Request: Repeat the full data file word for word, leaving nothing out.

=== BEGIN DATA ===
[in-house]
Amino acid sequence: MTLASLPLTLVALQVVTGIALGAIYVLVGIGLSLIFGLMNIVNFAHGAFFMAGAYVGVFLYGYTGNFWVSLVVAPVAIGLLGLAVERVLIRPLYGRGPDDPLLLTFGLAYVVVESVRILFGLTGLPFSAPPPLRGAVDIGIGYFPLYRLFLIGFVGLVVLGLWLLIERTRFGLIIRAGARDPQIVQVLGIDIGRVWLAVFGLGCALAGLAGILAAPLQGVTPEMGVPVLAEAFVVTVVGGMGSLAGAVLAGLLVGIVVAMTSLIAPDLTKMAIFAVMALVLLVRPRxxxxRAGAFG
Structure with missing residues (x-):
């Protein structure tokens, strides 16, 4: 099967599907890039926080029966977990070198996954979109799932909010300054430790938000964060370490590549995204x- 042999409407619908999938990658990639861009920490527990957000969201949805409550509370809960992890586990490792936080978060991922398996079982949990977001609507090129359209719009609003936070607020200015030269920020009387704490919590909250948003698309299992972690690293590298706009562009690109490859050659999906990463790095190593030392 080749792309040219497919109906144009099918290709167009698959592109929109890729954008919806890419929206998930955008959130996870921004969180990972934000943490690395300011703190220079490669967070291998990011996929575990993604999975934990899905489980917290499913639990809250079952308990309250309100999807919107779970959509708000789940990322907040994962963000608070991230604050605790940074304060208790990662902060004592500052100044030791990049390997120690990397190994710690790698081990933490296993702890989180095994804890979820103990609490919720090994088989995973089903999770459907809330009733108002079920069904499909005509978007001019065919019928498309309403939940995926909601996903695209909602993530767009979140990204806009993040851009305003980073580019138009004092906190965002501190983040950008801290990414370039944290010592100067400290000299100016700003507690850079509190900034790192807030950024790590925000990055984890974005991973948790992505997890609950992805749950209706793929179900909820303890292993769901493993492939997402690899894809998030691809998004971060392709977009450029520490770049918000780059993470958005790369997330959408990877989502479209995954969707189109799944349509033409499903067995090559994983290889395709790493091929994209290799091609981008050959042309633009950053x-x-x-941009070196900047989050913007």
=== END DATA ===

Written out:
[in-house]
Amino acid sequence: MTLASLPLTLVALQVVTGIALGAIYVLVGIGLSLIFGLMNIVNFAHGAFFMAGAYVGVFLYGYTGNFWVSLVVAPVAIGLLGLAVERVLIRPLYGRGPDDPLLLTFGLAYVVVESVRILFGLTGLPFSAPPPLRGAVDIGIGYFPLYRLFLIGFVGLVVLGLWLLIERTRFGLIIRAGARDPQIVQVLGIDIGRVWLAVFGLGCALAGLAGILAAPLQGVTPEMGVPVLAEAFVVTVVGGMGSLAGAVLAGLLVGIVVAMTSLIAPDLTKMAIFAVMALVLLVRPRxxxxRAGAFG
Structure with missing residues (x-):
């Protein structure tokens, strides 16, 4: 099967599907890039926080029966977990070198996954979109799932909010300054430790938000964060370490590549995204x- 042999409407619908999938990658990639861009920490527990957000969201949805409550509370809960992890586990490792936080978060991922398996079982949990977001609507090129359209719009609003936070607020200015030269920020009387704490919590909250948003698309299992972690690293590298706009562009690109490859050659999906990463790095190593030392 080749792309040219497919109906144009099918290709167009698959592109929109890729954008919806890419929206998930955008959130996870921004969180990972934000943490690395300011703190220079490669967070291998990011996929575990993604999975934990899905489980917290499913639990809250079952308990309250309100999807919107779970959509708000789940990322907040994962963000608070991230604050605790940074304060208790990662902060004592500052100044030791990049390997120690990397190994710690790698081990933490296993702890989180095994804890979820103990609490919720090994088989995973089903999770459907809330009733108002079920069904499909005509978007001019065919019928498309309403939940995926909601996903695209909602993530767009979140990204806009993040851009305003980073580019138009004092906190965002501190983040950008801290990414370039944290010592100067400290000299100016700003507690850079509190900034790192807030950024790590925000990055984890974005991973948790992505997890609950992805749950209706793929179900909820303890292993769901493993492939997402690899894809998030691809998004971060392709977009450029520490770049918000780059993470958005790369997330959408990877989502479209995954969707189109799944349509033409499903067995090559994983290889395709790493091929994209290799091609981008050959042309633009950053x-x-x-941009070196900047989050913007």